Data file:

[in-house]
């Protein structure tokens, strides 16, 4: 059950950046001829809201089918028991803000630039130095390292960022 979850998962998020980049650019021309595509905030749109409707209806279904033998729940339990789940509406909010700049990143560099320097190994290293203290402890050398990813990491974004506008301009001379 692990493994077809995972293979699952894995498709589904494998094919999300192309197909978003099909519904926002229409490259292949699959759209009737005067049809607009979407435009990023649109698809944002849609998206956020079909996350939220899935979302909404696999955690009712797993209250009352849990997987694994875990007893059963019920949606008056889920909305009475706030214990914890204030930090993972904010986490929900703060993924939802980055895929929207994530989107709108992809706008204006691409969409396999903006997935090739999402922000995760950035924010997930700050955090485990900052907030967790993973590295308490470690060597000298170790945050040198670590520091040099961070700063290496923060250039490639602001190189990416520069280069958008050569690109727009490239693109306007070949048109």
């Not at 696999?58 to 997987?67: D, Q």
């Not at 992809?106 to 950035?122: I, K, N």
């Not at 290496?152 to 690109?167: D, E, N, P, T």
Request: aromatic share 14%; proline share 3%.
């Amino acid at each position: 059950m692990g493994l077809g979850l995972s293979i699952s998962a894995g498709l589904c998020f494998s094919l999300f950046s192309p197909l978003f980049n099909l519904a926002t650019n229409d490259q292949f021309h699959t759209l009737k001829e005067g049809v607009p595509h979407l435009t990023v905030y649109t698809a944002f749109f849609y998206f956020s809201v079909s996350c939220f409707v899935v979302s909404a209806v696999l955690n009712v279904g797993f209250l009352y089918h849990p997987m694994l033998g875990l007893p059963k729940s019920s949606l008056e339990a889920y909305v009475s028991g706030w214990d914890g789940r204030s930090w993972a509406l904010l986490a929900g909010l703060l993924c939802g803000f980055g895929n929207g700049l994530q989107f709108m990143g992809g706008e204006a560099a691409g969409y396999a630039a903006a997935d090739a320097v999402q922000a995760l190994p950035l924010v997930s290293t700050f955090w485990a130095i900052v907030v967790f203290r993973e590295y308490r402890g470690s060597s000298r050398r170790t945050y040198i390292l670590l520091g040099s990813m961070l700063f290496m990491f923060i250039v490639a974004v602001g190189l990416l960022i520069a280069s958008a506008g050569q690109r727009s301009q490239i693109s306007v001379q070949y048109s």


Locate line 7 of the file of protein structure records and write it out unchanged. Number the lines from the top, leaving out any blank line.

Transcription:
């Amino acid at each position: 059950m692990g493994l077809g979850l995972s293979i699952s998962a894995g498709l589904c998020f494998s094919l999300f950046s192309p197909l978003f980049n099909l519904a926002t650019n229409d490259q292949f021309h699959t759209l009737k001829e005067g049809v607009p595509h979407l435009t990023v905030y649109t698809a944002f749109f849609y998206f956020s809201v079909s996350c939220f409707v899935v979302s909404a209806v696999l955690n009712v279904g797993f209250l009352y089918h849990p997987m694994l033998g875990l007893p059963k729940s019920s949606l008056e339990a889920y909305v009475s028991g706030w214990d914890g789940r204030s930090w993972a509406l904010l986490a929900g909010l703060l993924c939802g803000f980055g895929n929207g700049l994530q989107f709108m990143g992809g706008e204006a560099a691409g969409y396999a630039a903006a997935d090739a320097v999402q922000a995760l190994p950035l924010v997930s290293t700050f955090w485990a130095i900052v907030v967790f203290r993973e590295y308490r402890g470690s060597s000298r050398r170790t945050y040198i390292l670590l520091g040099s990813m961070l700063f290496m990491f923060i250039v490639a974004v602001g190189l990416l960022i520069a280069s958008a506008g050569q690109r727009s301009q490239i693109s306007v001379q070949y048109s």